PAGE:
Does respite care address the needs of palliative care service users and carers? Their perspectives and experiences

Int J Palliat Nurs. 2017 Apr 2;23(4):174-185. doi: 10.12968/ijpn.2017.23.4.174.

Abstract

Aim: To establish whether respite care addresses the needs of palliative care service users and carers.

Background: Respite care is often described in UK policy and guidance as a key need to providing support for this group and yet little is known about it and there is a lack of research to support its efficacy.

Design: The approach was qualitative and the methodology was interpretive. The method used was constructivist grounded theory.

Methods: Data collection was carried out by unstructured informal interview with three couples and two bereaved carers who had experienced hospice respite care.

Results: Findings showed that respite care is valued by palliative care service users and carers although there are some fundamental tensions in service models which limit its potential.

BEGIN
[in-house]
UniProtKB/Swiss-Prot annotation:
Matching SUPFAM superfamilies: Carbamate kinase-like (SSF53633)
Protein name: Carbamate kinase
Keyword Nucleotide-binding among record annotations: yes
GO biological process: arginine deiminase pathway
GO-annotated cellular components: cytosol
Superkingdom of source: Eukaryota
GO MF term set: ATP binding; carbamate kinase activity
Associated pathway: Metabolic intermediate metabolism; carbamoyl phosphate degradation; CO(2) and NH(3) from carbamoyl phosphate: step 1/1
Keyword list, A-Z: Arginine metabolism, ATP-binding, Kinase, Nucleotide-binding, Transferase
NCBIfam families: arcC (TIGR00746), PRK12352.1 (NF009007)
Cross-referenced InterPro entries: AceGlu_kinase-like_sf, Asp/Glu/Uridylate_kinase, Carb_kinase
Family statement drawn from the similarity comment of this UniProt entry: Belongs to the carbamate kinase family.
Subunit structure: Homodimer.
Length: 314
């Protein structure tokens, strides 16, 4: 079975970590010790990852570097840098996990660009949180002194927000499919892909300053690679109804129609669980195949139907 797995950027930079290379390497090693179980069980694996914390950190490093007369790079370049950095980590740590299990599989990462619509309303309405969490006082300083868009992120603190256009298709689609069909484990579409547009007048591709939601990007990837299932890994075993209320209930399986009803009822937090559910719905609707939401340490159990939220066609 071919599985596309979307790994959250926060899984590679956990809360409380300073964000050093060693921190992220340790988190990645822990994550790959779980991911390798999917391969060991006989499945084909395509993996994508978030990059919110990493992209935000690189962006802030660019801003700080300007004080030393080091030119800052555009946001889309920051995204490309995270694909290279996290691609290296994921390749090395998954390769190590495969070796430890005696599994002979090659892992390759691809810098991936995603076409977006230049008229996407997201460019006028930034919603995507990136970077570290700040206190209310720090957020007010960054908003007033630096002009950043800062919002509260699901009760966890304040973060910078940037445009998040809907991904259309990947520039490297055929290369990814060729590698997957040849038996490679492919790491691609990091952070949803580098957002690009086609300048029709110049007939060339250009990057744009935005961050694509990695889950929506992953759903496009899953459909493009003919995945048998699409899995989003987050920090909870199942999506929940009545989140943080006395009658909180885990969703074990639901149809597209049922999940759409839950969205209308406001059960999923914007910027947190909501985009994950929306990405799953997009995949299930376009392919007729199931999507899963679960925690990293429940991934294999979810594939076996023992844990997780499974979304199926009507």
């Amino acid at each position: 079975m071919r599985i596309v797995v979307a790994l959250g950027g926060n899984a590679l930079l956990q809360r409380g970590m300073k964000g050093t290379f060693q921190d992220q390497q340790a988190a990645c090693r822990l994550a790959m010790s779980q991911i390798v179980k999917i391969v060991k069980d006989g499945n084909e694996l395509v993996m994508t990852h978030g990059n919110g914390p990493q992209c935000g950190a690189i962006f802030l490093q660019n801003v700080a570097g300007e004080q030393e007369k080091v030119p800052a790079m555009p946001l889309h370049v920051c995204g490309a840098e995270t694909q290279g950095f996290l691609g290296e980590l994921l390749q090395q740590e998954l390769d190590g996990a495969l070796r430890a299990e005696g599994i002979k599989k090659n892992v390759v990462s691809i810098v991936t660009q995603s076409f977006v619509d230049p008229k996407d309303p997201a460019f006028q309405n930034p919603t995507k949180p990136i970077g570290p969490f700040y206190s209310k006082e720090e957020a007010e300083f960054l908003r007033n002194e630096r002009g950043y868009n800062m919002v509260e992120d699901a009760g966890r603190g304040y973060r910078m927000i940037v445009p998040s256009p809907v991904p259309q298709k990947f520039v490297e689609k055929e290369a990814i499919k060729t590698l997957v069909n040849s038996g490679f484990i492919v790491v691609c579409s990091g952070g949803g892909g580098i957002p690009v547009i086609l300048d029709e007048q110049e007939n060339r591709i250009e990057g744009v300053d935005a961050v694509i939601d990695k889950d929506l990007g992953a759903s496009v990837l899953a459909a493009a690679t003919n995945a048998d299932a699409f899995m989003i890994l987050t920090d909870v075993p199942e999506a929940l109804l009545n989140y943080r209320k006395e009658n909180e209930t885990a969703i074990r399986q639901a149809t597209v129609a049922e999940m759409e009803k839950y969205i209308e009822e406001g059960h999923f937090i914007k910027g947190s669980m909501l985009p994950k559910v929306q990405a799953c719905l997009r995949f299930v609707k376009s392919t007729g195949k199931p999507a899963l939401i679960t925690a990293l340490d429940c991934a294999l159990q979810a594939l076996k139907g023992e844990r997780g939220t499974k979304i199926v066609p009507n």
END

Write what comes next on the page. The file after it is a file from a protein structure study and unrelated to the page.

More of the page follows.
Conclusion: A reframing of respite care as an empathic response within a new palliative care approach is proposed. Within this, the centrality of the relationship is reinforced.

Keywords: Constructivist grounded theory; Hospice care; Respite care; Social networks.

MeSH terms

  • Attitude to Health
  • Caregivers*
  • Female
  • Grounded Theory
  • Health Services Needs and Demand*
  • Hospice Care
  • Hospice and Palliative Care Nursing
  • Humans
  • Male
  • Multiple Sclerosis / nursing
  • Parkinson Disease / nursing
  • Pulmonary Disease, Chronic Obstructive / nursing
  • Qualitative Research
  • Respite Care*
  • Social Support
  • Spouses*